Misty Ferguson raised her right hand Tuesday to take an oath to tell the truth and the sleeve on her dress fell to reveal more about the injuries she suffered on April 19, 1993 than words ever could.
She lost the fingers on both hands in the fire that destroyed Mount Carmel. The inferno led to the deaths of David Koresh and 75 followers — and a $675 million wrongful-death lawsuit against the government that's in its second week.
Ferguson, girlish bangs hanging to her glasses, talked in a soft Southern accent about the fire. She was 17 years old and hiding in a back bedroom on the second floor of Mount Carmel when it started.
"I had come out into the hallway, and I felt heat underneath my feet," Ferguson, 24, testified.
She tried going down the hallway, but the stairs had been buckled by FBI tanks ripping into Mount Carmel to disperse tear gas, Ferguson told Houston attorney Mike Caddell, lead attorney for the plaintiffs.
"The floor was caved in," Ferguson said. "Before I knew it, I was engulfed in smoke."
Ferguson was the last witness called by Caddell and wife Cynthia Chapman, as they rested their case.
Former U.S. attorney general Ramsey Clark, representing longtime Davidians such as Clive Doyle and Sheila Martin, had just started presenting his case to U.S. District Judge Walter S. Smith Jr. and an advisory jury when court recessed. Houston attorney James Brannon, representing the estate of Koresh's legal children, will follow Clark.
After being enveloped in smoke at Mount Carmel, Ferguson dropped to the ground, she testified Tuesday.
"I seen a little bit of light down toward the other way," Ferguson said. "...At that point, there was a lot of crackling noise."
Ferguson said she crawled toward the light and found a gap in an outside wall.
"There was a hole toward the front side of the building where a tank had come in," Ferguson said. "I jumped from the building there."
Caddell asked Ferguson if she knew the extent of her injuries. Her 6-month-old son, Dylan, could be heard crying outside the courtroom.
"At that point, the only thing I knew that was burned was my hands," Ferguson testified. "They were already burnt.’
Ferguson was one of three Davidians taken to Parkland Memorial Hospital's burn unit in Dallas. The other two, Marjorie Thomas and Clive Doyle, were also in court Tuesday. Ferguson was also burned on her face and body, requiring a long hospitalization and rehabilitation.
Caddell submitted a written deposition from Frederick Lanceley, an FBI negotiator at Mount Carmel, critical of the FBI's decision to aggressively insert tear gas into the building. Lanceley said he agreed with the assessment of Gary Noesner, who coordinated the negotiation team at Mount Carmel.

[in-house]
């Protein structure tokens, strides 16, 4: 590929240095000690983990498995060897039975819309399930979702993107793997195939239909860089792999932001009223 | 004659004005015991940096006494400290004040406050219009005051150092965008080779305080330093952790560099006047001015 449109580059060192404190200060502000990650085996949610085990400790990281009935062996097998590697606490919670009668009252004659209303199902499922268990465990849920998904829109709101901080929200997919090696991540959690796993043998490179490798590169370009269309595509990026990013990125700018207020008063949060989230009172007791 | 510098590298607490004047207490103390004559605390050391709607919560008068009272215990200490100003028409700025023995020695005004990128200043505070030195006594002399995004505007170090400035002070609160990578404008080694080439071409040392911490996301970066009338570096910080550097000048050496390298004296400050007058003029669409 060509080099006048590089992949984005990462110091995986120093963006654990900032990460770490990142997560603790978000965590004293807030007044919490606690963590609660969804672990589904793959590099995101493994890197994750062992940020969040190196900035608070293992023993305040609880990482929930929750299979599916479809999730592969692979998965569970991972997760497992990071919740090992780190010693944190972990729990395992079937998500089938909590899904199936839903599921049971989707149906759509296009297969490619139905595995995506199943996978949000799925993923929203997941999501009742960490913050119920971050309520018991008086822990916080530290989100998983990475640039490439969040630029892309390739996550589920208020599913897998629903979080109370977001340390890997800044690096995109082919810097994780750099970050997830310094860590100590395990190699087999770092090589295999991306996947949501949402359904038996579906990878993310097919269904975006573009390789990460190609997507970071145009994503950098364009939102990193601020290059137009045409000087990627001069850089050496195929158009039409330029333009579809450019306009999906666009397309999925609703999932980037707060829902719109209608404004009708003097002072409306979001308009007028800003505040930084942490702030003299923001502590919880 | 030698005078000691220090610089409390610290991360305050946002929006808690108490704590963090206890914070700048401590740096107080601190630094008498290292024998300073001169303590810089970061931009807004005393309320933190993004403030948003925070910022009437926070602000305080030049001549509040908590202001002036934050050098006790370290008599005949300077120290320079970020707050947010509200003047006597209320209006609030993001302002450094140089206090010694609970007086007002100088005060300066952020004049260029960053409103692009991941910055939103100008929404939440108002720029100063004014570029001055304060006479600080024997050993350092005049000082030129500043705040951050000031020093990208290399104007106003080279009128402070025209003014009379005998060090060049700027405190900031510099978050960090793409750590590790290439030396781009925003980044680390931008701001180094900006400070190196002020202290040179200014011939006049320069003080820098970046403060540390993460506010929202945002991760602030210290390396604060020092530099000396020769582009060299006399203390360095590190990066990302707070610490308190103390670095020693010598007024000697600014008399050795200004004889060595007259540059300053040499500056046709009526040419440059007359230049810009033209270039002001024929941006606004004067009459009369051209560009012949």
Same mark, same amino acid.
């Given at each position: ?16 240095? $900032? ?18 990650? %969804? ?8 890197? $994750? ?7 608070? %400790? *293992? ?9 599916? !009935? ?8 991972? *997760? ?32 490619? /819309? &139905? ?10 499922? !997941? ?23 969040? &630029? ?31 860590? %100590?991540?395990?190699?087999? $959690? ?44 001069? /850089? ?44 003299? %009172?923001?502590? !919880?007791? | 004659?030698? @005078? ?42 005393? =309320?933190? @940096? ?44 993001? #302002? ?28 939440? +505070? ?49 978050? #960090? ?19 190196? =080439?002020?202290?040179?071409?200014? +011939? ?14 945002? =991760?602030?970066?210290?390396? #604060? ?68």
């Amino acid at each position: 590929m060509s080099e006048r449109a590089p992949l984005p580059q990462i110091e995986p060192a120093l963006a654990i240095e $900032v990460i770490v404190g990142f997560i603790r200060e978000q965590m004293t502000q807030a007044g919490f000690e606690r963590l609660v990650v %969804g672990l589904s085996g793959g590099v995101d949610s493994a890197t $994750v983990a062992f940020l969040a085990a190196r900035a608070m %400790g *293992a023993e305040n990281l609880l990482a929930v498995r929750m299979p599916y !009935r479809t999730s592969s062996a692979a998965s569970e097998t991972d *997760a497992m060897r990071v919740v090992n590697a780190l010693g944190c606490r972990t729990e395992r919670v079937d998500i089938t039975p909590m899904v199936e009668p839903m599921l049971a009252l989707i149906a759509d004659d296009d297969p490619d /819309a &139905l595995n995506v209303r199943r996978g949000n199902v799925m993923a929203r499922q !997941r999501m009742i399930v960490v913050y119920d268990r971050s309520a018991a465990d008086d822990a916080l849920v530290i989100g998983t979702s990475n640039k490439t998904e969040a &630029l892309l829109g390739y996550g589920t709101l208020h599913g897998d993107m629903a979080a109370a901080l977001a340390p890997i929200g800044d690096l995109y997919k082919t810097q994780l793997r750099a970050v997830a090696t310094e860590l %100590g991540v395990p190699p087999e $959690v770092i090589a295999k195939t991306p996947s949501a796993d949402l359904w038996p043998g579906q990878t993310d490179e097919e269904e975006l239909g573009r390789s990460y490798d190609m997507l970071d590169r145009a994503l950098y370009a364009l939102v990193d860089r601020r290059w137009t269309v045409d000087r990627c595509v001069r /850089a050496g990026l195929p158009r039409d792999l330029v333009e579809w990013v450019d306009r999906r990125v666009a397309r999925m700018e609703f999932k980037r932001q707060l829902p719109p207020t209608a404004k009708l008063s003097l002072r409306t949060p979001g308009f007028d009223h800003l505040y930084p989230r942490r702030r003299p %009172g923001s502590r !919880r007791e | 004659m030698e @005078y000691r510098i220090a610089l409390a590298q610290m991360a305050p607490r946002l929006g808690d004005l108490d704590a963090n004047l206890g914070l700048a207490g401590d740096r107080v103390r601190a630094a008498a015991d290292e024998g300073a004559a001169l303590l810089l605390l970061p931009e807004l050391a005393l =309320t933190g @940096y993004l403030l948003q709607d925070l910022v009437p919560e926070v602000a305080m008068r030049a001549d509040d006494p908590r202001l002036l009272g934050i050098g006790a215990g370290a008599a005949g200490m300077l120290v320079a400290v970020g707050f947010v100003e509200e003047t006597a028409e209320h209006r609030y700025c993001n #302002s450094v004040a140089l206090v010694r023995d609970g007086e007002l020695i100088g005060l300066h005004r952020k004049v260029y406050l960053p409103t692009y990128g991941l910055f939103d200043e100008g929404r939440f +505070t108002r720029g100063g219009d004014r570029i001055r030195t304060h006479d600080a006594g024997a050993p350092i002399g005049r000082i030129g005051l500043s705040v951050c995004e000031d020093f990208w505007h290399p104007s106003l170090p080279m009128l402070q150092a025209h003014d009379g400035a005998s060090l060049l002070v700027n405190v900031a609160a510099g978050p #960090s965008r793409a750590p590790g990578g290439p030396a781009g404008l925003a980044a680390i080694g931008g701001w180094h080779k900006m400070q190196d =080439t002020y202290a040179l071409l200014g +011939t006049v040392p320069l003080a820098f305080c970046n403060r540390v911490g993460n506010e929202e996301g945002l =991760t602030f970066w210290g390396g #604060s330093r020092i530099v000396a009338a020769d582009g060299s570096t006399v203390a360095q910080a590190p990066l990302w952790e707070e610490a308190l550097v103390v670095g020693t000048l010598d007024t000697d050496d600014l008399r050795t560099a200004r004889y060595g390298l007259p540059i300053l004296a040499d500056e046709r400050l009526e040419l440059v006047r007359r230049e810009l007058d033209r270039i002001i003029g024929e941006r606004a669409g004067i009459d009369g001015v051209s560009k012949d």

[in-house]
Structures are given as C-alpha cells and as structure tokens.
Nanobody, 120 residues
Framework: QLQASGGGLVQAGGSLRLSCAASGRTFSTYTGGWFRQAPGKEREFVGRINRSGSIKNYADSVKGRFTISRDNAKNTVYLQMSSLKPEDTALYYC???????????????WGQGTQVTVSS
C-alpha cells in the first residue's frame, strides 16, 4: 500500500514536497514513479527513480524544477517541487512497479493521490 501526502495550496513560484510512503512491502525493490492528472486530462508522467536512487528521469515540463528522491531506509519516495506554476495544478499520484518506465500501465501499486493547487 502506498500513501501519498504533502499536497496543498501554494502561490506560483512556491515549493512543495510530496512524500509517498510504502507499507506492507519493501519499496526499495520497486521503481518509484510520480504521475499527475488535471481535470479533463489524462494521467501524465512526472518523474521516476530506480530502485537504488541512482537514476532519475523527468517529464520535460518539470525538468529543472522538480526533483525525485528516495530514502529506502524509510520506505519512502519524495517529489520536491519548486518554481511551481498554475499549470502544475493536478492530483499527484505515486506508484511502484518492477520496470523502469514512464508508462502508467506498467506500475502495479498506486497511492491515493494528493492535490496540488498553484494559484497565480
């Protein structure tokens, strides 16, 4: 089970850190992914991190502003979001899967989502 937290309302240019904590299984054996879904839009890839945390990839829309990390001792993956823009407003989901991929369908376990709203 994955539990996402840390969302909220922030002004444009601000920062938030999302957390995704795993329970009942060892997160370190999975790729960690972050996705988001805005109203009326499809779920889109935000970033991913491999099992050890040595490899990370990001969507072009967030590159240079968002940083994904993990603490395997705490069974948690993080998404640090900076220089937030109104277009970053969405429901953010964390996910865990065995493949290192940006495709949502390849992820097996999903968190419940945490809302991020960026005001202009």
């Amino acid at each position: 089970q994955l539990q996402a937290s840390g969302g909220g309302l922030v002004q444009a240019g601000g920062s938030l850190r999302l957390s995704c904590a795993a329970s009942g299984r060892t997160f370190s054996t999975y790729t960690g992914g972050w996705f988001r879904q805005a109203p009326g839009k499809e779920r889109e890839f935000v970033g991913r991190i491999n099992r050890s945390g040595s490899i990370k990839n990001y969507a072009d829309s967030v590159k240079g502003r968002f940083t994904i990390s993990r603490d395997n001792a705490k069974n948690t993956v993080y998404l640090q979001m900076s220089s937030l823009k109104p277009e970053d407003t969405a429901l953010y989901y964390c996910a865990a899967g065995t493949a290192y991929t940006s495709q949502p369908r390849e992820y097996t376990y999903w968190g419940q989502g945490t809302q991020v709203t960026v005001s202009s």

A 1993 government report of an interview with Noesner after the fire was then read.
"Noesner ... determined that no one asked the negotiators and behavioral scientists what the response would be if the tanks punched holes in the building," the report said. "Noesner sees this as a fundamental flaw in the implementation of the operation. Any negotiator would have told them that dismantling the building would provoke a violent response. ... He believes that is what triggered the starting of the fires and the shooting of the children."
Government co-counsel Michael Bradford then read an excerpt from Lanceley's deposition in which the former negotiator stated that he wasn't critical of the FBI agents on the Hostage Rescue Team.
"I was drinking coffee and eating donuts and they were out there lying in the grass, and I understood some of them even entered the burning building to pull some of those folks out," Lanceley said. "They risked their own lives to save lives and that's more than I did."
Ferguson began her testimony Tuesday with a description of Feb. 28, 1993, the day of the raid on Mount Carmel by the Bureau of Alcohol, Tobacco and Firearms.
"Some of the women, I can't remember who they were, said, 'They're coming. They're here,'" Ferguson testified. "Shortly after I heard the words, 'They're coming,' there was shooting."
Government co-counsel Marie Hagen had Ferguson recount her testimony since other Davidian women have testified they didn't know there was going to be a raid. Ferguson told Caddell that she didn't know either.
Caddell asked if Ferguson saw any Davidians carrying weapons.
"I was so close to the floor," Ferguson said. "I had my head buried. I didn't see anything."
Ferguson was accompanied to court by her mother, Rita Riddle, who testified last week. Riddle left Mount Carmel during the siege.
In other testimony, Caddell submitted a written deposition from Livingstone Fagan, serving a prison sentence on manslaughter and weapons charges. Fagan said the Davidians' boast after the ATF raid that they had weapons capable of blowing a tank into the air was an idle threat intended to keep the government from realizing "how vulnerable we were."
"We only stated that so they would think that," Fagan said. "As long as they thought that, we had a little grace."
Fagan also said he saw ATF agents on the roof of Mount Carmel during the raid and shot at them. One fell off the roof, but Fagan said he doesn't know if he shot him.
In a written statement submitted by Cynthia Chapman, ATF agent Jeffrey Pierce reported being in the back of Mount Carmel when he heard the first shots and "immediately assumed that some animals were being shot in the front of the compound."
Clive Doyle, Ramsey Clark's first witness, recalled running toward the front door of Mount Carmel upon hearing shots. He found Perry Jones wounded and on his hands and knees.
"Perry was screaming," Doyle testified. "He said that he had been shot while standing behind the front door. He said the bullets came through the door and hit him in the stomach."
Jones later died.
The trial resumes today with Doyle back on the witness stand.
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